New research on U.S. homicide trends released Tuesday reveals teenagers between the ages of 15 and 19 were three times more likely to be killed in 2020 and 2021 than they were in 1960.
Homicide victimization across all age groups has risen since the 1960s, and people between the ages of 20 and 25 are still the most likely to be killed, according to an analysis of homicide data over the last 50 years from the Council on Criminal Justice (CCJ).
“The group that stands out to me, personally, is the older group, age 35 to 44,” Ernesto Lopez, who authored the CCJ report released Tuesday, told Fox News Digital. “…Those older groups saw rates that are at their 1980s, 1990s peak homicide years. Those rates got really close to those peaks, while the younger age groups… are still below those peaks of the ’80s and ’90s.”
Homicide rates for teenagers peaked in the early to mid-1990s, but are still much higher now than they were in 1960, according to the study. Lopez said he was “not familiar with any sort of research right now that looks at what’s contributing to that younger age group.”
CCJ analyzed homicide data from 30 major U.S. cities, as well as data from federal agencies, including the FBI, the Centers for Disease Control and Prevention (CDC) and the Disaster Center.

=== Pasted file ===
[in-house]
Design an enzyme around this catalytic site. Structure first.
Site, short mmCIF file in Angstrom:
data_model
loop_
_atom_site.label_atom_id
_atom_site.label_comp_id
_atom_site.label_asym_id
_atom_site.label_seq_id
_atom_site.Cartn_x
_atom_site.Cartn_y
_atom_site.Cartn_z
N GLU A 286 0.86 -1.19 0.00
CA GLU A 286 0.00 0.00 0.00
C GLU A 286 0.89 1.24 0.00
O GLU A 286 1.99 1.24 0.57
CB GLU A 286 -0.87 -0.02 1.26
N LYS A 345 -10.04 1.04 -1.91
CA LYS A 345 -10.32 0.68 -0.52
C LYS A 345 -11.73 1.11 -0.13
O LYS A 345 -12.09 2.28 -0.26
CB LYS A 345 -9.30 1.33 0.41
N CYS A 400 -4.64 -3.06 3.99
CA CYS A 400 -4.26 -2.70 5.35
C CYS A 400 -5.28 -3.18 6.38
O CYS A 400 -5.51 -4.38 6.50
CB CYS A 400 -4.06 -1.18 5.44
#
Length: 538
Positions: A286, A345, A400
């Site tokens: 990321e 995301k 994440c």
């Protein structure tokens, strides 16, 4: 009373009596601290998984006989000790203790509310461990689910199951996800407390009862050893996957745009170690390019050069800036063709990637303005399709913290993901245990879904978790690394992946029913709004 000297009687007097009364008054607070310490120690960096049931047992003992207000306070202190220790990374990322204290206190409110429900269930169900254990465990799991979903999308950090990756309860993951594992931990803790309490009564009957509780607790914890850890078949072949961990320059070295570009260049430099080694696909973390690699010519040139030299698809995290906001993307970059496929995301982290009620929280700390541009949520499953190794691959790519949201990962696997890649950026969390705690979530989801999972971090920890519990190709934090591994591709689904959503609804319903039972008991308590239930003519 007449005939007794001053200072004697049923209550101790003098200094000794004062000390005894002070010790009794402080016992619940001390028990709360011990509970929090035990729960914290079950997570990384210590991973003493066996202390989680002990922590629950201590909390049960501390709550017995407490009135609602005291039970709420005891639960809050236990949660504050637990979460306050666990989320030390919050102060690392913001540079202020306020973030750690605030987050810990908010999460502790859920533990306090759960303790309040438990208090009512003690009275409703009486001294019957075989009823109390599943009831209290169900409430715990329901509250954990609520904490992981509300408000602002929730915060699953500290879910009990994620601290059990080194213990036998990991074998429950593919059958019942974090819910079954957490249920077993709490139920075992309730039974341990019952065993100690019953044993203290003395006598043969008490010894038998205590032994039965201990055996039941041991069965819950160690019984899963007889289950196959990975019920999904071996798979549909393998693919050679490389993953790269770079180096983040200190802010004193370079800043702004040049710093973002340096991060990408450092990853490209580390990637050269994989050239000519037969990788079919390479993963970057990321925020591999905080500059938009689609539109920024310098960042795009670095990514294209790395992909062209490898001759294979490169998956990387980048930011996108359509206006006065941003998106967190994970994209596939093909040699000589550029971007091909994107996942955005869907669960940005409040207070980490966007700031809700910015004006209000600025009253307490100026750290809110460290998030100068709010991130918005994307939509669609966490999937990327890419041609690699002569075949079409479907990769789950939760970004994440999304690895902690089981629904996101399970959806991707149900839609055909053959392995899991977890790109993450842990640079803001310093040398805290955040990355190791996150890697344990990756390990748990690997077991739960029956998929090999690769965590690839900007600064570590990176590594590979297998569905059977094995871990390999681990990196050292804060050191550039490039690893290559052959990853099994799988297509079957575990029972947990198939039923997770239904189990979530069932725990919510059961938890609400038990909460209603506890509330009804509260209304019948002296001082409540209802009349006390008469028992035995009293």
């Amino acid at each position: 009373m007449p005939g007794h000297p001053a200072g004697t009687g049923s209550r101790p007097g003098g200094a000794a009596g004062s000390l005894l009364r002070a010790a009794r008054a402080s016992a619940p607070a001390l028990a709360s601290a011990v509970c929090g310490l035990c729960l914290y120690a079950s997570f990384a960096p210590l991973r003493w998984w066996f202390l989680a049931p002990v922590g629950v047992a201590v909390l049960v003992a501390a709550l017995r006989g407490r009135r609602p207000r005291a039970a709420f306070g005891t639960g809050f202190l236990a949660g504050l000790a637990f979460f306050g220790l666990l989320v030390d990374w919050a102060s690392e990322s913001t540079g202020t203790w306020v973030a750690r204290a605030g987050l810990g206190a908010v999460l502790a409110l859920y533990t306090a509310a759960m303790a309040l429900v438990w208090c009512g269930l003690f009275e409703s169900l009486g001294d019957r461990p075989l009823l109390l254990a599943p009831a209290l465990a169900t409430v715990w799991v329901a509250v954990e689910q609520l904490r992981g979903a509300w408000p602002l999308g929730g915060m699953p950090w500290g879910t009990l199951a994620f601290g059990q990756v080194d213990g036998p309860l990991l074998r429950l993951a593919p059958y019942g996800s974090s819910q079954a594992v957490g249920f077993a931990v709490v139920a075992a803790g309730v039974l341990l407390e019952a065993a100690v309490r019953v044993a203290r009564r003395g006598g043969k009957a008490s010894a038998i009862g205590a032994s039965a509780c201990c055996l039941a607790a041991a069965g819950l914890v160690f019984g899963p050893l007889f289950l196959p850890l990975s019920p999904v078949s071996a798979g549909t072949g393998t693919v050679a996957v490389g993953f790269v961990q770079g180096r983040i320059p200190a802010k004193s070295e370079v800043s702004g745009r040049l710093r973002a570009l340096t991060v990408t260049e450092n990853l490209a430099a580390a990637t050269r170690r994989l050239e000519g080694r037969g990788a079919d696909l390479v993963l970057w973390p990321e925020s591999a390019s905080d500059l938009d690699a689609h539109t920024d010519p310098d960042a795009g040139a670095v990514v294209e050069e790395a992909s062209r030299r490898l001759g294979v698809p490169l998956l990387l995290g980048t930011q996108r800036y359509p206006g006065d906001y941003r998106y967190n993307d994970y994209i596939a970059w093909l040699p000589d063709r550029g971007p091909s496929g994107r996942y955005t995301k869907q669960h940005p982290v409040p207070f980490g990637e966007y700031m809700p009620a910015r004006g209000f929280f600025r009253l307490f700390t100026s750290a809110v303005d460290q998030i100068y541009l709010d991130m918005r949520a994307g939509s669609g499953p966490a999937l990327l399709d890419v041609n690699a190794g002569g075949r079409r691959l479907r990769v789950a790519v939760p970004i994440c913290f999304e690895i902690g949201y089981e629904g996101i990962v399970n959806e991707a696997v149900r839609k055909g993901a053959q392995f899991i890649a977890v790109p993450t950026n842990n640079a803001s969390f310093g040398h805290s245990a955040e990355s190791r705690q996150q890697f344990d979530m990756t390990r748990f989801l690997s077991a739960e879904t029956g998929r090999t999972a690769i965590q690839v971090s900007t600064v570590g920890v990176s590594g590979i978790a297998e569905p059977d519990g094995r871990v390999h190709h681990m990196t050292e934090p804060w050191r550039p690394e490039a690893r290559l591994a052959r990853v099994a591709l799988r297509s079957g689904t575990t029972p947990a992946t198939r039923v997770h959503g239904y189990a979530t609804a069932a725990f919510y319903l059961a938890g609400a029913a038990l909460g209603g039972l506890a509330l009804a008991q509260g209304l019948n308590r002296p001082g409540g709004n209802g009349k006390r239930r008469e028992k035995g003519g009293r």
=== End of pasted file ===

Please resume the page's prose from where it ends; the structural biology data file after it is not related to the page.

In the first half of 2023, there was a 9.4% decrease in homicides across the 30 cities CCJ studied compared to the first half of 2022.
The report notes that if the trend continues throughout the remainder of 2023, the country will have seen “one of the largest single-year homicide reductions in the era of modern record keeping.” However, homicides are still up about 24% compared to 2019.
“There were 24% more homicides during the first half of 2023 than during the first half of 2019 in the study cities. Property crime trends have been more mixed. There were fewer residential burglaries and larcenies and more nonresidential burglaries in the first half of 2023 than during the same period four years earlier. Motor vehicle thefts more than doubled (+104%), while drug offenses fell by 39%.”
Two of the driving factors behind the significant increase in motor vehicle thefts this year were a correlation between car thefts and other rising violent crime, as well as an increase in TikTok videos about car theft, according to Lopez.
While the number of arrests involving Black adults for homicides dropped 65% between 1980 and 2020, Black people were six times more likely to be arrested for homicides in 2020 than White people, and Black people were also more likely to be homicide victims in 2020.
Black males were eight times more likely than White males to die by homicide, and Black females were four times more likely than White females to die by homicide.
The CCJ report notes one potential cause behind an increase in violent crime, including homicides, starting in 2020 called “routine activity theory.”
“Routine activity theory argues that crime stems from the combination of a motivated offender, a suitable target, and the absence of capable guardians. Early in the pandemic, in addition to dealing with the same economic stresses and anxieties that affected the entire population, young men in high-crime neighborhoods – many of whom had experienced high levels of trauma – were also forced to remain in close proximity to people with whom they had serious and unresolved disputes,” the report states.